It took Wicab $26 million and 17 years of twists and turns in research, product development, and testing to get its headset device—which helps blind people, in a way, “see”—approved for sale in the U.S.
The Middleton, WI, company achieved that goal last year, but now it’s setting its sights on a much bigger target: China. And it recently picked up commitments for another $4.3 million in venture capital from Chinese investors to help it get there, CEO Robert Beckman says.
“I think that these investors represent both money, but also have some significant contacts that will assist us in commercializing our device in China,” Beckman says in a phone interview.
Wicab’s product, dubbed the “BrainPort,” substitutes touch for sight. Using a small video camera attached to sunglasses, the contraption converts video signals into light electronic impulses delivered to the person’s tongue via a lollipop-like device. The product is meant to help blind people, in tandem with a cane or guide dog, better interpret their surroundings—such as determining the location, size, and shape of objects, or discerning whether or not objects are moving. (Read more about how it works in this Xconomy profile from last year.)
Wicab’s target customer is a “profoundly blind” person—meaning he or she has no usable vision. In the U.S., Wicab estimates the market size to be about 250,000 people, but Beckman says realistically only about 92,000 of them are likely to be interested in the BrainPort, which requires lots of training and practice to operate. (He compares it with learning a new language.)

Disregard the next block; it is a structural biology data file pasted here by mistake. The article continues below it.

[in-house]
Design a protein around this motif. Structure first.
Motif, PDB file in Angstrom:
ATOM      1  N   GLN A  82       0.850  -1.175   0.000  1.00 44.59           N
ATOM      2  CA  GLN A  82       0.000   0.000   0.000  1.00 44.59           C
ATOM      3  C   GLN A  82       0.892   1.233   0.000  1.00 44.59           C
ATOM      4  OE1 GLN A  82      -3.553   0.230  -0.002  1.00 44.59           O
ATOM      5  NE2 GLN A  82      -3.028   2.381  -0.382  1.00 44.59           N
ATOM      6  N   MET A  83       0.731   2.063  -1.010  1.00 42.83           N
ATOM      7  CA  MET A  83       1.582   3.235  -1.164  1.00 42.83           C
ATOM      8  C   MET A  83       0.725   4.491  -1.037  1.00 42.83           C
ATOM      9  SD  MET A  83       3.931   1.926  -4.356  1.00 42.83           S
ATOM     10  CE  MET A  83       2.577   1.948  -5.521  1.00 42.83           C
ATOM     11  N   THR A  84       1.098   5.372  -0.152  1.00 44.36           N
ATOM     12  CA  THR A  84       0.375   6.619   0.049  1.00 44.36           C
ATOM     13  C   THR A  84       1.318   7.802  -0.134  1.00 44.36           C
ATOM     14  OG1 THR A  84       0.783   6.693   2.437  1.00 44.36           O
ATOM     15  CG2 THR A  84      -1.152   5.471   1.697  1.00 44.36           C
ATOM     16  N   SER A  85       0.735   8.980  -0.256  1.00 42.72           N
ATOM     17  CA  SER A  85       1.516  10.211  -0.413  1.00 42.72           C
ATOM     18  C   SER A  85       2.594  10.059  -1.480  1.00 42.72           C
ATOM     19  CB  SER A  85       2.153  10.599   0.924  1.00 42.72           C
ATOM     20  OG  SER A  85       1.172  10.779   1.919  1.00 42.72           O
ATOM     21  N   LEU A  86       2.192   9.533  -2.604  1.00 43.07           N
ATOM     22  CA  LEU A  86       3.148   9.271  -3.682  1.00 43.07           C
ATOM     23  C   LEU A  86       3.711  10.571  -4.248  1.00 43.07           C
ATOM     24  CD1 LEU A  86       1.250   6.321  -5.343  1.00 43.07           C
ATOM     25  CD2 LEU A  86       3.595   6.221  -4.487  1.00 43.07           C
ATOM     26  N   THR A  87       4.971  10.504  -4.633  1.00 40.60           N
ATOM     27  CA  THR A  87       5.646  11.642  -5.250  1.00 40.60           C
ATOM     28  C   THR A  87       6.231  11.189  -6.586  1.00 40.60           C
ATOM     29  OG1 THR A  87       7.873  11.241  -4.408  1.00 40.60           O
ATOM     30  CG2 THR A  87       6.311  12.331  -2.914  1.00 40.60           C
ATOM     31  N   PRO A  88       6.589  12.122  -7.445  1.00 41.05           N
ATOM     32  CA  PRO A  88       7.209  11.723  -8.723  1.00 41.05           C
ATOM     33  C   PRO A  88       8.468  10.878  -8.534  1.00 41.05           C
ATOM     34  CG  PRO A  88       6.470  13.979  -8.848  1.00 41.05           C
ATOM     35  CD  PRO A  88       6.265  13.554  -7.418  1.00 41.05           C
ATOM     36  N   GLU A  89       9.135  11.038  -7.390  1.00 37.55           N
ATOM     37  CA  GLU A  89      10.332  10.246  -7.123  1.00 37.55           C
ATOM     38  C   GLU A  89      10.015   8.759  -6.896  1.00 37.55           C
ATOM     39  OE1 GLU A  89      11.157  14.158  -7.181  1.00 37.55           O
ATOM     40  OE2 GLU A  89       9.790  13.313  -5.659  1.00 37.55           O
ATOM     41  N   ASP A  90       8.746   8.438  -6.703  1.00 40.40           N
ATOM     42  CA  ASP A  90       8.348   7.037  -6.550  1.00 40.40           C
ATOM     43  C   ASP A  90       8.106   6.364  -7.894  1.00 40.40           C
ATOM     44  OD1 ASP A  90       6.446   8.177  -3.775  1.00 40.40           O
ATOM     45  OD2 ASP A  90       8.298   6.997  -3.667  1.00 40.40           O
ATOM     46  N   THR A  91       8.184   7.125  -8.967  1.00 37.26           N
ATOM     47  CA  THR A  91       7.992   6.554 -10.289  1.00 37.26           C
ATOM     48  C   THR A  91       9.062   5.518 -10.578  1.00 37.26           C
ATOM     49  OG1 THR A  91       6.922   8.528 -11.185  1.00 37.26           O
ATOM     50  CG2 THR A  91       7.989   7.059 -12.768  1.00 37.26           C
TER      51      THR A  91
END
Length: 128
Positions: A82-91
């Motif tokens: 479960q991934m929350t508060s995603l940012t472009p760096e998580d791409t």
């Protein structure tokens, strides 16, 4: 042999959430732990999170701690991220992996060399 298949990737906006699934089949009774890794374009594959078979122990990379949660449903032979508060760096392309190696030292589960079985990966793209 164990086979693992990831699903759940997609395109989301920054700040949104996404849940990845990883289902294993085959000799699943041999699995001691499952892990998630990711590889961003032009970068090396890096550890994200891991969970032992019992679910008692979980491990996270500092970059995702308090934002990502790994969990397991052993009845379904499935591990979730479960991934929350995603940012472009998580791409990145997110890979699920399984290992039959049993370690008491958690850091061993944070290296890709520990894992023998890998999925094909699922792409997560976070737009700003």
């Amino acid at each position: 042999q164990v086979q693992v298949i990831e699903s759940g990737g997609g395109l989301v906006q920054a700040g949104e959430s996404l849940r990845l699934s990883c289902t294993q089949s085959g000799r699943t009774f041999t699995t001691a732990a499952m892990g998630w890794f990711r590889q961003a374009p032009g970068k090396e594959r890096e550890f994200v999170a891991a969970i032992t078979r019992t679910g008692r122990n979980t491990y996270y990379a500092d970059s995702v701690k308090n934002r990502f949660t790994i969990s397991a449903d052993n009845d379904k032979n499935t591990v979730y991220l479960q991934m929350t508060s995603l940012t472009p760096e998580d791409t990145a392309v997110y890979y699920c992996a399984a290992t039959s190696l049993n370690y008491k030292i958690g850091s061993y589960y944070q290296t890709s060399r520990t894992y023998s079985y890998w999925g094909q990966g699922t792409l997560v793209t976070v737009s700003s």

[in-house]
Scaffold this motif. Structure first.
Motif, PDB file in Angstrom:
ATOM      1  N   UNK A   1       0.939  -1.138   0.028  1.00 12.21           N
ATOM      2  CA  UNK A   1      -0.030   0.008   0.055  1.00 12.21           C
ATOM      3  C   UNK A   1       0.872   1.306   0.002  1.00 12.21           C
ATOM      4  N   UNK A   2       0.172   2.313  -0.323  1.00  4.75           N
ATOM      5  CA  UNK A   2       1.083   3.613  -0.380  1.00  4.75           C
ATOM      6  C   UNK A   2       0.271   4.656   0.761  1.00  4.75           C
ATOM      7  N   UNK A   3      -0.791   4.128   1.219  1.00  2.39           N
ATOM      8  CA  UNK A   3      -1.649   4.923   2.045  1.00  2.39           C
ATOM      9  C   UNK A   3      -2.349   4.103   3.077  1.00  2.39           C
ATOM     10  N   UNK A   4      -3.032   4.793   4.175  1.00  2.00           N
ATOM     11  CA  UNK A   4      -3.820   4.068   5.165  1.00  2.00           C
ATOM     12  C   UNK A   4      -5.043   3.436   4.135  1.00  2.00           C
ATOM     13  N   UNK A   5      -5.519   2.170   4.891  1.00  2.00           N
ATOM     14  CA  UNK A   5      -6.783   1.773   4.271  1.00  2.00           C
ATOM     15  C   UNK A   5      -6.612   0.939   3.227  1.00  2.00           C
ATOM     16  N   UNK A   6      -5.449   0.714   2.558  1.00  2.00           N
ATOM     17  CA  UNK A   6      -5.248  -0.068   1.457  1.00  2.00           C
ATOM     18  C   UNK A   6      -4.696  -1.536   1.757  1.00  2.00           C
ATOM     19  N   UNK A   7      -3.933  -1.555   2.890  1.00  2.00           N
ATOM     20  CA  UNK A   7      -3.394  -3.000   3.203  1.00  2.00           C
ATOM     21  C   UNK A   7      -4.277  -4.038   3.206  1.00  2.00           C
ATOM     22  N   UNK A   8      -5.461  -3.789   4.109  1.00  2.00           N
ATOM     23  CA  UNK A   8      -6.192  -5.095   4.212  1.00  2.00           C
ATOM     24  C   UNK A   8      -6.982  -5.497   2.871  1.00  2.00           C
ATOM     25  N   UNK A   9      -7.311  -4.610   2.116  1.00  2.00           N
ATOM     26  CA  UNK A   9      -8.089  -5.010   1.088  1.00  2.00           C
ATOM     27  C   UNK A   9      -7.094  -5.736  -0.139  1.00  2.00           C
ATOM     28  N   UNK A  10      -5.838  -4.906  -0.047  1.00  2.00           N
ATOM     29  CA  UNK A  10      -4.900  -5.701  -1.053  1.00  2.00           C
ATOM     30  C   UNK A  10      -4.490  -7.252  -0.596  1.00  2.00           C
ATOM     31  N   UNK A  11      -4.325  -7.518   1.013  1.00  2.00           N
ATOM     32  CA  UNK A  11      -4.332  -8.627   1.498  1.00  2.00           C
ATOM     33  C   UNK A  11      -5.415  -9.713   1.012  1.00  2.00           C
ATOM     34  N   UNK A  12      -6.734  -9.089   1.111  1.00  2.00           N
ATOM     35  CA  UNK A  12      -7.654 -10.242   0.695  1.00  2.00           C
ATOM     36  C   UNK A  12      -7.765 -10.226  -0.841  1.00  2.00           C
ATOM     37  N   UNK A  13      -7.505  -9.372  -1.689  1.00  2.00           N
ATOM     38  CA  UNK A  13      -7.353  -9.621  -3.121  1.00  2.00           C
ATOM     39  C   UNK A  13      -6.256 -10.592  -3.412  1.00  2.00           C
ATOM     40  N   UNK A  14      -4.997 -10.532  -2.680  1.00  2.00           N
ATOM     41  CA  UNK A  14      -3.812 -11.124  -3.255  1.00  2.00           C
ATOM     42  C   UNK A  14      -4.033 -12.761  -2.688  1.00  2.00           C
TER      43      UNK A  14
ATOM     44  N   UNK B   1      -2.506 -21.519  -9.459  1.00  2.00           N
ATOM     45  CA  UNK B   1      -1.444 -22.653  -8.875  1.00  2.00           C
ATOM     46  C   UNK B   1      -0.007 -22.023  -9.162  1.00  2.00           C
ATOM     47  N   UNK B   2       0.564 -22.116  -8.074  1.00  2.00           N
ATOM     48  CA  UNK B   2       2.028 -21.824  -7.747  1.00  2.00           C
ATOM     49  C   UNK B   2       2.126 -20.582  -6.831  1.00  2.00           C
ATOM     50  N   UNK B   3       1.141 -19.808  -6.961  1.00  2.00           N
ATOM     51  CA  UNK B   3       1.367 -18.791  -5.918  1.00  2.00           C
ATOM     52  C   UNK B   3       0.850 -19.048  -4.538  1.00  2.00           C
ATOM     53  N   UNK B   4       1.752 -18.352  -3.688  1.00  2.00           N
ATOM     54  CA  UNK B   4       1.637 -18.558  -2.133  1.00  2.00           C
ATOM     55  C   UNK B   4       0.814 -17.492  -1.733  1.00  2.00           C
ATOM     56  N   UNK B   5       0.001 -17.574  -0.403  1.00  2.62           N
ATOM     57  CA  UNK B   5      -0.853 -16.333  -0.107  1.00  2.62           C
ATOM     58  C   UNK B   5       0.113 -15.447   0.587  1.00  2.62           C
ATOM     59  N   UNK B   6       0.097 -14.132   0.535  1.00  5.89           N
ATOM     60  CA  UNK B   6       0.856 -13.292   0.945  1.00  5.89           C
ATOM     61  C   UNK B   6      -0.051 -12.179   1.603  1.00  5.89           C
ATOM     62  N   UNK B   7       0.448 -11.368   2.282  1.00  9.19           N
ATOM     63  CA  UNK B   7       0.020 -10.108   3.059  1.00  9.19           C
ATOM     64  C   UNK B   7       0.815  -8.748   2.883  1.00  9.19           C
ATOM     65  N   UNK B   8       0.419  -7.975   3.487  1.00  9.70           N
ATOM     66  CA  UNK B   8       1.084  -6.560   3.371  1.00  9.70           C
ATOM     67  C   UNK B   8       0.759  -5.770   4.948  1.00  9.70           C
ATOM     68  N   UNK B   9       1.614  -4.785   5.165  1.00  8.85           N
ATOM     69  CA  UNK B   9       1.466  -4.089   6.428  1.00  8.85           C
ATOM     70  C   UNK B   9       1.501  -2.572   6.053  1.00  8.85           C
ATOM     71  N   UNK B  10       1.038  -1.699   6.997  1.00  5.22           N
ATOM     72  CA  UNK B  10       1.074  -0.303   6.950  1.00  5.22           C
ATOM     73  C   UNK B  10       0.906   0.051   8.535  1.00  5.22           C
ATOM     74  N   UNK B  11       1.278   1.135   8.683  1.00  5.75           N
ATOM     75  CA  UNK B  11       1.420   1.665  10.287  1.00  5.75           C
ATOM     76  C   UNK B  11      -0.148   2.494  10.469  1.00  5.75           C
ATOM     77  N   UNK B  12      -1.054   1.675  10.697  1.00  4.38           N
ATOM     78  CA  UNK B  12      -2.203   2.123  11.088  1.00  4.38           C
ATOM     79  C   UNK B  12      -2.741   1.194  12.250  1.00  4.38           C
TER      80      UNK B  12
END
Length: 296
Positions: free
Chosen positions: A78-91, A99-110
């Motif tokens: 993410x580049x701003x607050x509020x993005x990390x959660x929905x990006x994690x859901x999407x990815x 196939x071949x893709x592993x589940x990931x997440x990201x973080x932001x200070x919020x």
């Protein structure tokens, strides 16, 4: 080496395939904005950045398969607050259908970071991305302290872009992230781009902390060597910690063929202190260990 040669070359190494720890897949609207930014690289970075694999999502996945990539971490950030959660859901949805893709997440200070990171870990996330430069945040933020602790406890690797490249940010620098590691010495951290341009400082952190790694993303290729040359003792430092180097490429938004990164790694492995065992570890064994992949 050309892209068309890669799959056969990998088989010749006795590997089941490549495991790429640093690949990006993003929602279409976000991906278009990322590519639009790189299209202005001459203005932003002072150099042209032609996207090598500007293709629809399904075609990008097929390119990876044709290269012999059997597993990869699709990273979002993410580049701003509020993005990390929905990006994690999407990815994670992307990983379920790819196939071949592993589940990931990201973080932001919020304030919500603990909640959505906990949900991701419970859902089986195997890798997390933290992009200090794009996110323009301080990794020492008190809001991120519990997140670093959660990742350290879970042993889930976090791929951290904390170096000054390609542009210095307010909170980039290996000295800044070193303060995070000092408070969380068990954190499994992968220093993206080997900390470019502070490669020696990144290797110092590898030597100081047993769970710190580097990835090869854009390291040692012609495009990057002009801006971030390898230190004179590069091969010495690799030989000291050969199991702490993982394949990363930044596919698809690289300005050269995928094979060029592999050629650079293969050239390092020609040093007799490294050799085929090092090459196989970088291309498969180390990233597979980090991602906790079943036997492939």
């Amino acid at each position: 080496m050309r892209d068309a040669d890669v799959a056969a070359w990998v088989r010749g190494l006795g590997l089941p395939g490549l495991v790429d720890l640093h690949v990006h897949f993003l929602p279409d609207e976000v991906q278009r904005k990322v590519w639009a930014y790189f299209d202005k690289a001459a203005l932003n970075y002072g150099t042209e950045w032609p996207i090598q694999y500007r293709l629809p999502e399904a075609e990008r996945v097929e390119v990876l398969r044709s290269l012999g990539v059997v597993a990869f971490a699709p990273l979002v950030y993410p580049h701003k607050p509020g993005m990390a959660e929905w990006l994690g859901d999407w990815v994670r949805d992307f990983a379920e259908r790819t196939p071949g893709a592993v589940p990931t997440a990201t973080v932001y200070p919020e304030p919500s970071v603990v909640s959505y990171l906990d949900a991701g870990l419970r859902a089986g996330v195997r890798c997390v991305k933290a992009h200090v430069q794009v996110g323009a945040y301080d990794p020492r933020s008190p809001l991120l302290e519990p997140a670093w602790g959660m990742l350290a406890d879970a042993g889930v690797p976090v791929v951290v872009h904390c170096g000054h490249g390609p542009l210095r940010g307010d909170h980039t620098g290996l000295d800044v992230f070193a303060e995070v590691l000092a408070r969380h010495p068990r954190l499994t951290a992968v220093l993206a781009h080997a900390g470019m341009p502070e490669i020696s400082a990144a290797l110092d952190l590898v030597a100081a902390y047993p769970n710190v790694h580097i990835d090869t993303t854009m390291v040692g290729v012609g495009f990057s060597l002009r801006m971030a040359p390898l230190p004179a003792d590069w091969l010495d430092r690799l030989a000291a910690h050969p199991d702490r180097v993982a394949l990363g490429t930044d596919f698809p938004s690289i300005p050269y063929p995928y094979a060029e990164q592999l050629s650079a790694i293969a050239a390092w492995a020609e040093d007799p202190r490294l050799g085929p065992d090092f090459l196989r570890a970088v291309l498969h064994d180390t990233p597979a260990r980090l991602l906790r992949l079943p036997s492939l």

Meanwhile, Wicab’s market opportunity in China is something like 5 million people, Beckman says. The company, which employs about 10 people, will create a separate China-based venture dedicated to commercializing its product there, he says.
Wicab raised $3 million from China-based Haiyin Capital in 2014, which helped it connect with the three individual investors who will kick in the $4.3 million. So far, $2.4 million of that commitment has been delivered, Beckman says.
“If we can make headway in the largest market, it will enable us to bring the cost of the technology down significantly, based on volume,” Beckman says of his company’s China push. “And that works hand in hand with making the device as affordable as possible, and to still have a reasonable return for shareholders.”
Wicab’s long path to market illustrates the tough slog of building a high-tech gadget business with relatively few resources. It’s especially difficult when the product requires clinical studies and government approvals in each territory where it will be sold, as is the case with Wicab.
Regulatory approvals don’t automatically equate to sales. U.S. sales have been “minimal” since receiving FDA clearance last June, Beckman says. (The product is also available in Europe and Hong Kong, according to Wicab’s website.)
One of the barriers is the $10,000 price. “The real issue will come down to [insurance] reimbursement in every single country where we commercialize our technology,” Beckman says.